Lifestyle has a significant impact on type 2 diabetes, with diet playing a major role. Nuts are a good source of nutrition, and they provide a range of health benefits. However, some nuts are better than others for people with diabetes. Around 30.3 million adults in the United States have a form of diabetes.
A healthful diet can help manage blood sugar levels and reduce the risk of complications. Nuts are one of several foods that the American Diabetes Association lists as beneficial for people with the condition. In this article, we describe why nuts can be of use to people with diabetes and look into five of the best nuts to incorporate into a healthful diet.
Walnuts Benefits for Diabetes
Almonds: Almonds have a range of benefits for individuals with this condition. A study from 2011 found that incorporating almonds into the diets of participants with type 2 diabetes for 12 weeks positively affected blood sugar and reduced the risk of heart disease.
A more recent study, from 2017, looked into the effect of daily almond consumption over 24 weeks in people with type 2 diabetes. The authors found that incorporating almonds into the diet helped control blood sugar levels and decrease the risk of heart disease.
Almonds reduce the body’s levels of low-density lipoprotein (LDL) cholesterol, which can block arteries. They increase the amount of high-density lipoprotein (HDL) cholesterol, which helps remove LDL cholesterol from the arteries. This is part of the reason why almonds reduce the risk of heart disease.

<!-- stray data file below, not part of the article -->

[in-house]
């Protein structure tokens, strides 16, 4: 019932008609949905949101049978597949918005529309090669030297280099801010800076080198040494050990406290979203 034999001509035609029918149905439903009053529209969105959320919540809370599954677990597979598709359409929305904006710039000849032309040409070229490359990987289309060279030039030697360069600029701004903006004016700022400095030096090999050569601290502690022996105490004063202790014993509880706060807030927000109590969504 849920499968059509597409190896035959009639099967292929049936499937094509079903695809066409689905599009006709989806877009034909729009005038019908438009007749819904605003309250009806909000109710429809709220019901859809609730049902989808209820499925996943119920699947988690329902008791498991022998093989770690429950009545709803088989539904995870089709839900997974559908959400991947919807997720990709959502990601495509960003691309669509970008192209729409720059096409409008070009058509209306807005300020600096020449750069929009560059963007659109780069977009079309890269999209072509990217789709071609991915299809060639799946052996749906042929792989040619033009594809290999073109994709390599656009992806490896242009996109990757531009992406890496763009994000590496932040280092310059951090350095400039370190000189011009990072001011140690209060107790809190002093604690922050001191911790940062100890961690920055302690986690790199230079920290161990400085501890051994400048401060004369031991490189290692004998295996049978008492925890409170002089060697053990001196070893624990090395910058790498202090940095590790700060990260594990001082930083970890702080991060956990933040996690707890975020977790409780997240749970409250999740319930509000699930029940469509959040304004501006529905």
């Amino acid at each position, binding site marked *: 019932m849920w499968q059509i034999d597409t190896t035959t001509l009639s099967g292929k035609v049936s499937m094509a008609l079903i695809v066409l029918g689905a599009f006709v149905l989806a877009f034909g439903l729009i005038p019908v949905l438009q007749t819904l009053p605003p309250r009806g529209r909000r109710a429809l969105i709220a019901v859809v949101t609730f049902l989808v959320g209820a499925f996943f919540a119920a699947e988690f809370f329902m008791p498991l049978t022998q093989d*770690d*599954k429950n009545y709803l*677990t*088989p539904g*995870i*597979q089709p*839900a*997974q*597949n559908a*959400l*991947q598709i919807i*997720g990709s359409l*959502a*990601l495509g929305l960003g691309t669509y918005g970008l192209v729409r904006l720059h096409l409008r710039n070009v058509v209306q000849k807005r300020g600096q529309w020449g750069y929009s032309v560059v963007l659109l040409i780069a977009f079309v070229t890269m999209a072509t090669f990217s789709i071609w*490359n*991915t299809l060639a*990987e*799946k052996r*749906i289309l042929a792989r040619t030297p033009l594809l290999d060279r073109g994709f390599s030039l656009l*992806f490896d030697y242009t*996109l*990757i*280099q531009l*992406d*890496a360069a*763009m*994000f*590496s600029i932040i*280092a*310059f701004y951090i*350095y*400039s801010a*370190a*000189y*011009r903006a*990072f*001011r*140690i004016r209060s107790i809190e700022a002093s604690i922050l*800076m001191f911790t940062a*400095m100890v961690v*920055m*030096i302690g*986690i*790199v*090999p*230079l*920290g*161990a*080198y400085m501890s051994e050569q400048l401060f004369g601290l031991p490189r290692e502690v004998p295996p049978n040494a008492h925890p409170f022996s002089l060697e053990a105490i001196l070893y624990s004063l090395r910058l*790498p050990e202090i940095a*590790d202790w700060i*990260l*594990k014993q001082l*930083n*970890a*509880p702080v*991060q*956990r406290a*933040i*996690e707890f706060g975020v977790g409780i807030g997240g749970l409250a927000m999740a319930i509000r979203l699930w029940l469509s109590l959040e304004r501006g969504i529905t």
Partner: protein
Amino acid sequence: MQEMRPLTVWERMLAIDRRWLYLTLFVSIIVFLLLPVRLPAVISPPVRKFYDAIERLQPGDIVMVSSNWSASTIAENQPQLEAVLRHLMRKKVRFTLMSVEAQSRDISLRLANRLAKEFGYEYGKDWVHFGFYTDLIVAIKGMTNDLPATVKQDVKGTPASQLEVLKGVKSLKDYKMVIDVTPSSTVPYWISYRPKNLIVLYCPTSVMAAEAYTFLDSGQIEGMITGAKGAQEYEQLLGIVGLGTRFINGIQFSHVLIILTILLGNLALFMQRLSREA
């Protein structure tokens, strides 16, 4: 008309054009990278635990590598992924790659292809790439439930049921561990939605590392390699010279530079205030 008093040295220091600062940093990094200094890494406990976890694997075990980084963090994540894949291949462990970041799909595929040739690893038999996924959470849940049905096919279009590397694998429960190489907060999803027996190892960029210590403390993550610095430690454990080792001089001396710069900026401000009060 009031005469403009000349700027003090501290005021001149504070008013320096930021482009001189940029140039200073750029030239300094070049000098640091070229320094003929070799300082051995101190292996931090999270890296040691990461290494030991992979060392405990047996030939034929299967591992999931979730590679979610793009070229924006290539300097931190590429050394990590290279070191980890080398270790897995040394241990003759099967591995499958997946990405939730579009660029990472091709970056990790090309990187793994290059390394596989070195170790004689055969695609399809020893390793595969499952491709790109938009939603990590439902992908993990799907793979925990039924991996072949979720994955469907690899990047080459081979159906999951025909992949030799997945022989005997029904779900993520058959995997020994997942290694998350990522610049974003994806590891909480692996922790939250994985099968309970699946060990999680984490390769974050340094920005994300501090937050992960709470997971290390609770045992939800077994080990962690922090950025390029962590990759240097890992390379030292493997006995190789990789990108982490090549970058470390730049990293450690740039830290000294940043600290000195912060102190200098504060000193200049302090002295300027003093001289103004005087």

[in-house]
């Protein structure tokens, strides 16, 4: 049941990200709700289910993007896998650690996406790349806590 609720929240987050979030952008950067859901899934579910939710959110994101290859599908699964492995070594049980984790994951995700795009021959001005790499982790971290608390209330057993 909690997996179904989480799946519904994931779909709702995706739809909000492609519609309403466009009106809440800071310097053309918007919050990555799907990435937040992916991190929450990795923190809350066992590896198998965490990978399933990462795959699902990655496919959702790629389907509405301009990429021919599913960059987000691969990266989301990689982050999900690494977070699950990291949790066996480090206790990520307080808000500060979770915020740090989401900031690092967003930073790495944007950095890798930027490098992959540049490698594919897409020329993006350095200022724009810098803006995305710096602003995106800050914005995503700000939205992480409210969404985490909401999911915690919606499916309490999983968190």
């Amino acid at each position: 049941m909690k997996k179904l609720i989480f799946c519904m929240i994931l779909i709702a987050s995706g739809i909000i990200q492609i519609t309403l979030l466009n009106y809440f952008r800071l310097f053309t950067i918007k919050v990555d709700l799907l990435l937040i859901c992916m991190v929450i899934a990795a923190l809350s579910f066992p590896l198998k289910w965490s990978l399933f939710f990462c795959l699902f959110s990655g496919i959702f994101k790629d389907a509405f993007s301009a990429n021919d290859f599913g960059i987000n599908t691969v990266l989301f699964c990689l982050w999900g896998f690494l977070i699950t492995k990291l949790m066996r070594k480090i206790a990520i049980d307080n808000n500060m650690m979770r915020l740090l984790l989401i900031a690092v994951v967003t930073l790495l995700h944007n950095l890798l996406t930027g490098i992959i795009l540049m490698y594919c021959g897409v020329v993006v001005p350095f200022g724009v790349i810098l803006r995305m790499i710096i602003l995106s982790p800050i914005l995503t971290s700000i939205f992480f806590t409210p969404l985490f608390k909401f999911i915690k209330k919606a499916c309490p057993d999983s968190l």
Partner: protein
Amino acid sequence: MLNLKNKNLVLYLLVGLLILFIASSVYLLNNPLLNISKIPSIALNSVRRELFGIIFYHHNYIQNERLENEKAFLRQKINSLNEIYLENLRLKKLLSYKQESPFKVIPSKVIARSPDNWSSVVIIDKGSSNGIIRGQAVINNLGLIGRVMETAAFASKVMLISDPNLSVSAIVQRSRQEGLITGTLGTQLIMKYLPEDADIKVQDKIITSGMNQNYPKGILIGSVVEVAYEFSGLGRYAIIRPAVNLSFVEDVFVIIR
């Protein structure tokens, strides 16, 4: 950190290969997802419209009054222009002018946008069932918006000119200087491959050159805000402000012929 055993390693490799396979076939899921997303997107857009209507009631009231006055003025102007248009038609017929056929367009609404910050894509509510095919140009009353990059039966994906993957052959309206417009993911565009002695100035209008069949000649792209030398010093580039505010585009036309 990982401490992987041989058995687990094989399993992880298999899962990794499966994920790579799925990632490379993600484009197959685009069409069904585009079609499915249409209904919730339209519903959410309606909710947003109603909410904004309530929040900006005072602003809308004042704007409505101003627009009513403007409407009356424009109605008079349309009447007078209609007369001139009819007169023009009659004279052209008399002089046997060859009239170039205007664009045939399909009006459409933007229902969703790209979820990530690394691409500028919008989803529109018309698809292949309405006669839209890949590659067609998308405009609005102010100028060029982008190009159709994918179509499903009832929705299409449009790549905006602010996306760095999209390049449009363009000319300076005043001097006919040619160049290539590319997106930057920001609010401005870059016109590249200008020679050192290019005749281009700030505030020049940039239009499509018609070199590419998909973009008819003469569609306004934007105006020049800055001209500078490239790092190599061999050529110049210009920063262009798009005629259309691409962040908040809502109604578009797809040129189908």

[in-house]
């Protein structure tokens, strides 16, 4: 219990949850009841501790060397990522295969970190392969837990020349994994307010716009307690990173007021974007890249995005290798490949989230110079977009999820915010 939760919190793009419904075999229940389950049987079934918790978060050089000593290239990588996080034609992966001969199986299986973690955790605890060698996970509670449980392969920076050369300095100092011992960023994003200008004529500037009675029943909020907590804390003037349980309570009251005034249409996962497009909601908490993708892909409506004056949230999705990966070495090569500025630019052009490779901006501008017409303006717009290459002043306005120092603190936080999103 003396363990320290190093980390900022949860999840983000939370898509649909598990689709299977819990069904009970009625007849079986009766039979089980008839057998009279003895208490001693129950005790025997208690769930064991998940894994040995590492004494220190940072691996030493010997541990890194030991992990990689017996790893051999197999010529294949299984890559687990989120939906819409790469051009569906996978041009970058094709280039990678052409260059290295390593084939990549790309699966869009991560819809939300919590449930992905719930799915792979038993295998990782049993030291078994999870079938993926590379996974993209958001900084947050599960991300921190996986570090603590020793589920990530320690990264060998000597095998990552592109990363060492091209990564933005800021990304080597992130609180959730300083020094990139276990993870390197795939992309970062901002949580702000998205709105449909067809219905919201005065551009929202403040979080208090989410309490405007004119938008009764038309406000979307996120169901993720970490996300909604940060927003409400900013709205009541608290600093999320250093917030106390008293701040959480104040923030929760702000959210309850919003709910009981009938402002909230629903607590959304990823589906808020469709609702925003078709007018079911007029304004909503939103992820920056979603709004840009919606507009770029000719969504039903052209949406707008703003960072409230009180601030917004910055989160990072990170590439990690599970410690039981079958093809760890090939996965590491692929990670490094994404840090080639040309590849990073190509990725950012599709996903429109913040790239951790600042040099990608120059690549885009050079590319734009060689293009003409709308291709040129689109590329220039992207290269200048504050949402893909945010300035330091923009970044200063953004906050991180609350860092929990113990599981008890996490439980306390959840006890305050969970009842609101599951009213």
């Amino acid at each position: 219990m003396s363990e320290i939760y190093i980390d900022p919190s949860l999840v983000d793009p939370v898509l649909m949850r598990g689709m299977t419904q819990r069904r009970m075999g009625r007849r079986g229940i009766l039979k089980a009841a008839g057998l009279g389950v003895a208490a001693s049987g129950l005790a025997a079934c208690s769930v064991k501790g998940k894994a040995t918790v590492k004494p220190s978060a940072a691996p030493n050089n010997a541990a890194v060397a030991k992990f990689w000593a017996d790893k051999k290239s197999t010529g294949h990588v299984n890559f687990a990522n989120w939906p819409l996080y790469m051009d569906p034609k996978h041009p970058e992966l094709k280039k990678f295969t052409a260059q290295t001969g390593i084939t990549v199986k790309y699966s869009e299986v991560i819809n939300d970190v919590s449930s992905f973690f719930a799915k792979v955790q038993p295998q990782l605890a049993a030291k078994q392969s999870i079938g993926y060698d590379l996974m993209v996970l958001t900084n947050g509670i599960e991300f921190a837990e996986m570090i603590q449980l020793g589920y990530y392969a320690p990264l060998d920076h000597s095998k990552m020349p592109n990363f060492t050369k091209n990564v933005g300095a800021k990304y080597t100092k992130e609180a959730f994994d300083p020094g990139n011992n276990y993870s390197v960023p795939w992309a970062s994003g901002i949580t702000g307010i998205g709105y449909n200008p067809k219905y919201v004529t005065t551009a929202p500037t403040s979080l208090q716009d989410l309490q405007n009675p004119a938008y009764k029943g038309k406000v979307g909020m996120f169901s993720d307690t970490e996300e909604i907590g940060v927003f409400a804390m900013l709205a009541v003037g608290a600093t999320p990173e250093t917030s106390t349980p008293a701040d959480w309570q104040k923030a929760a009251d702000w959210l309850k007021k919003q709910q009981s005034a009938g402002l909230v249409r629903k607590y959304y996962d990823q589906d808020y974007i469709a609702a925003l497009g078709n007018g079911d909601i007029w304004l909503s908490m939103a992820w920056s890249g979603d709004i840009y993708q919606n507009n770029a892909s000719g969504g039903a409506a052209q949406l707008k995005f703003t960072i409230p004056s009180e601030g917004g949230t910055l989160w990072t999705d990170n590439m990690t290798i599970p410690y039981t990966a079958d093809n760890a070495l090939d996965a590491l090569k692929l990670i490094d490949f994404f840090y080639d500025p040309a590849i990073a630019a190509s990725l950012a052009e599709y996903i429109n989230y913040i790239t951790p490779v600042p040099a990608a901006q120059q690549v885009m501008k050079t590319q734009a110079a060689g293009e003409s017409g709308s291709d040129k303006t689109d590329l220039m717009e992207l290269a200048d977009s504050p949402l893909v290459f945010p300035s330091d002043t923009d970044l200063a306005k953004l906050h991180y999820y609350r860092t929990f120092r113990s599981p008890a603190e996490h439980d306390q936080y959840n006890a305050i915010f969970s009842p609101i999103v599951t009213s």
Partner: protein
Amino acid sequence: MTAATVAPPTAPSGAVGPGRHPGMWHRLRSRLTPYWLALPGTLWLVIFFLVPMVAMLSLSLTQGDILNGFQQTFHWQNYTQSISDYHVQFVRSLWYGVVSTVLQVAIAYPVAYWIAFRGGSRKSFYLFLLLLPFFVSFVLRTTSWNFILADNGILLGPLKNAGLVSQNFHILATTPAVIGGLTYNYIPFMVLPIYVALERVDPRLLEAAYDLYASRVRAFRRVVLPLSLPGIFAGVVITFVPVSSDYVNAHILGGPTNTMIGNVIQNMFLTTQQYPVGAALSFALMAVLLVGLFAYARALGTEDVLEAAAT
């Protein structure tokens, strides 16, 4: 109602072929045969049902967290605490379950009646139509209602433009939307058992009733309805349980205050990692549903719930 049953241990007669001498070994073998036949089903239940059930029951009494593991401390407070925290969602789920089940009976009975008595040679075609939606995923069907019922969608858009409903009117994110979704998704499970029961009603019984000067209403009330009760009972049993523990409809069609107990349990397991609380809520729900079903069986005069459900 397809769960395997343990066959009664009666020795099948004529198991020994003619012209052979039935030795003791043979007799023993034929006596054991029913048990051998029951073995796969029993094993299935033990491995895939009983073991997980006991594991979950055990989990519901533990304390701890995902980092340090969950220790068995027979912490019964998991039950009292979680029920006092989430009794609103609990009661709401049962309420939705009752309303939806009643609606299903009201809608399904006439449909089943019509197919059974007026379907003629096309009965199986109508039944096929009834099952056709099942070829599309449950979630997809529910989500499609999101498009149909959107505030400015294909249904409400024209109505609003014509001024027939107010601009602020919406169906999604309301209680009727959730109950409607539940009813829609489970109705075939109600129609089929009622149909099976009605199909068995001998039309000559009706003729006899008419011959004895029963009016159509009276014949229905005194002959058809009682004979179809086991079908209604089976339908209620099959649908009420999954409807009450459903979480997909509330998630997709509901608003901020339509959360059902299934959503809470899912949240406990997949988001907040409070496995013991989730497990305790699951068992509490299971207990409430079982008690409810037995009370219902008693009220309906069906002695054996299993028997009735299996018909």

Walnuts: Walnuts are high in calories. However, a study in BMJ Open Diabetes Research & Care found that they do not have a major impact on body weight or composition. The researchers assigned 112 participants at risk of diabetes either a low-calorie diet or a diet rich in walnuts for 6 months.
They found that the walnut-enriched diet was able to improve the ratio of HDL to LDL cholesterol without negatively affecting body composition. In a study from 2018, researchers investigated the association between walnut consumption and diabetes risk in 34,121 people.
They found that people who had eaten walnuts in the past 24 hours were half as likely to have diabetes, compared with people who had eaten no nuts in this period.
Cashews: Cashews can help improve the ratio of HDL to LDL cholesterol and lower the risk of heart disease. In a 2018 study, researchers gave 300 participants with type 2 diabetes either a cashew-enriched diet or a typical diabetes diet.
Those on the cashew-enriched diet had lower blood pressure and higher levels of HDL cholesterol after 12 weeks. The cashews also had no negative impact on blood glucose levels or weight.
Takeaway: As a diverse type of food, nuts can be easy to incorporate into a healthful diet. They can provide a good source of protein and beneficial fats for people with diabetes. To avoid excess calorie intake, consider a serving size to be a small handful or one-fourth of a cup.
Nuts can make a simple snack. Most are safe to eat raw, and they are available in many grocery stores. People with diabetes should avoid salted varieties. (Via, medicalnewstoday.com)